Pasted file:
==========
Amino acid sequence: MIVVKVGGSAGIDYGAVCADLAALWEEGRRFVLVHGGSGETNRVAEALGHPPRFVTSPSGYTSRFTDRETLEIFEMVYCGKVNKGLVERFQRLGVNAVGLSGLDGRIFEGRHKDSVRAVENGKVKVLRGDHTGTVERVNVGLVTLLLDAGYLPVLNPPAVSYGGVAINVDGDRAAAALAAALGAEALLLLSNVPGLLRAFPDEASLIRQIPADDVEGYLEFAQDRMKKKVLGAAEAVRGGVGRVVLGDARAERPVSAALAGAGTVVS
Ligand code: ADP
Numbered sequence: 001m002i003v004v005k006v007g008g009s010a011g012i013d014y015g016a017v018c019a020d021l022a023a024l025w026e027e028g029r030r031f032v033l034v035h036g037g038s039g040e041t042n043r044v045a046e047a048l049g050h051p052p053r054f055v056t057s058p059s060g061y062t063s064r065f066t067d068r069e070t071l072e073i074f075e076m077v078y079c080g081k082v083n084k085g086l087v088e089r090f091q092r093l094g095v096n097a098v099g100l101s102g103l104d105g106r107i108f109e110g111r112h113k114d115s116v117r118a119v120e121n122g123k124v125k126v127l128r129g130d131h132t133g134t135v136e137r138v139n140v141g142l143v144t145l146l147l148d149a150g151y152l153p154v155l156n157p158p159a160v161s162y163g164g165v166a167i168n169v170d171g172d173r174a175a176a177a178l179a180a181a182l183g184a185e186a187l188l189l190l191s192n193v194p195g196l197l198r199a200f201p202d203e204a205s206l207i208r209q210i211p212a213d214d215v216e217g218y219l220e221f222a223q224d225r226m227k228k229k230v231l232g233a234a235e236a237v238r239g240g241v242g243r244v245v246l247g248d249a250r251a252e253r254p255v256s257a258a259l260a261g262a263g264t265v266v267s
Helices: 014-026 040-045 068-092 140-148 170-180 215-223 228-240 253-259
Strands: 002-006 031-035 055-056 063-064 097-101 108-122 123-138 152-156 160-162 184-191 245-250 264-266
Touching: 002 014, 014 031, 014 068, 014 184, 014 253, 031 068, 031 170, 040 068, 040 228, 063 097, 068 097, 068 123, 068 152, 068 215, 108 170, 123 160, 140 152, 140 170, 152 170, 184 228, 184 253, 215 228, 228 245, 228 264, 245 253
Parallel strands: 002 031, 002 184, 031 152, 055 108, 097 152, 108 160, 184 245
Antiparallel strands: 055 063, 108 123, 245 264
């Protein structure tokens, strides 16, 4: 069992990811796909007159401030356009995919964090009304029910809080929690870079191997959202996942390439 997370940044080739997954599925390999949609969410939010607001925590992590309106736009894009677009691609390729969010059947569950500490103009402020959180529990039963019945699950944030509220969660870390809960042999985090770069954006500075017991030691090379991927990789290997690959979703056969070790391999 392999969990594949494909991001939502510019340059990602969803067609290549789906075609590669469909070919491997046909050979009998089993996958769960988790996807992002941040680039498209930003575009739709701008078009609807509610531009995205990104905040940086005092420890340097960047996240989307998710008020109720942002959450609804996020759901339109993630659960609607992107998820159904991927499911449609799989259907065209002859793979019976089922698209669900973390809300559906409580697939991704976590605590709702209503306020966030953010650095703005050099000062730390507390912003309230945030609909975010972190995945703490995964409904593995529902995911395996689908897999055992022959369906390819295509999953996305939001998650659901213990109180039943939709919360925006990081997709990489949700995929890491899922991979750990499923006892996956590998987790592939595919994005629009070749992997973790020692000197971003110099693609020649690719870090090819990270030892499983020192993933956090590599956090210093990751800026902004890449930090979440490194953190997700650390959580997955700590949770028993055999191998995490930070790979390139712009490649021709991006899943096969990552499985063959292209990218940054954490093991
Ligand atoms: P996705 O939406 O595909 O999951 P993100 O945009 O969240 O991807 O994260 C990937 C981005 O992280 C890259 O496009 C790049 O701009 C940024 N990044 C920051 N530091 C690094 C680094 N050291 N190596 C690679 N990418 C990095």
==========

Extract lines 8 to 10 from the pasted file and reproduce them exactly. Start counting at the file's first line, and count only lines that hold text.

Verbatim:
Antiparallel strands: 055 063, 108 123, 245 264
């Protein structure tokens, strides 16, 4: 069992990811796909007159401030356009995919964090009304029910809080929690870079191997959202996942390439 997370940044080739997954599925390999949609969410939010607001925590992590309106736009894009677009691609390729969010059947569950500490103009402020959180529990039963019945699950944030509220969660870390809960042999985090770069954006500075017991030691090379991927990789290997690959979703056969070790391999 392999969990594949494909991001939502510019340059990602969803067609290549789906075609590669469909070919491997046909050979009998089993996958769960988790996807992002941040680039498209930003575009739709701008078009609807509610531009995205990104905040940086005092420890340097960047996240989307998710008020109720942002959450609804996020759901339109993630659960609607992107998820159904991927499911449609799989259907065209002859793979019976089922698209669900973390809300559906409580697939991704976590605590709702209503306020966030953010650095703005050099000062730390507390912003309230945030609909975010972190995945703490995964409904593995529902995911395996689908897999055992022959369906390819295509999953996305939001998650659901213990109180039943939709919360925006990081997709990489949700995929890491899922991979750990499923006892996956590998987790592939595919994005629009070749992997973790020692000197971003110099693609020649690719870090090819990270030892499983020192993933956090590599956090210093990751800026902004890449930090979440490194953190997700650390959580997955700590949770028993055999191998995490930070790979390139712009490649021709991006899943096969990552499985063959292209990218940054954490093991
Ligand atoms: P996705 O939406 O595909 O999951 P993100 O945009 O969240 O991807 O994260 C990937 C981005 O992280 C890259 O496009 C790049 O701009 C940024 N990044 C920051 N530091 C690094 C680094 N050291 N190596 C690679 N990418 C990095």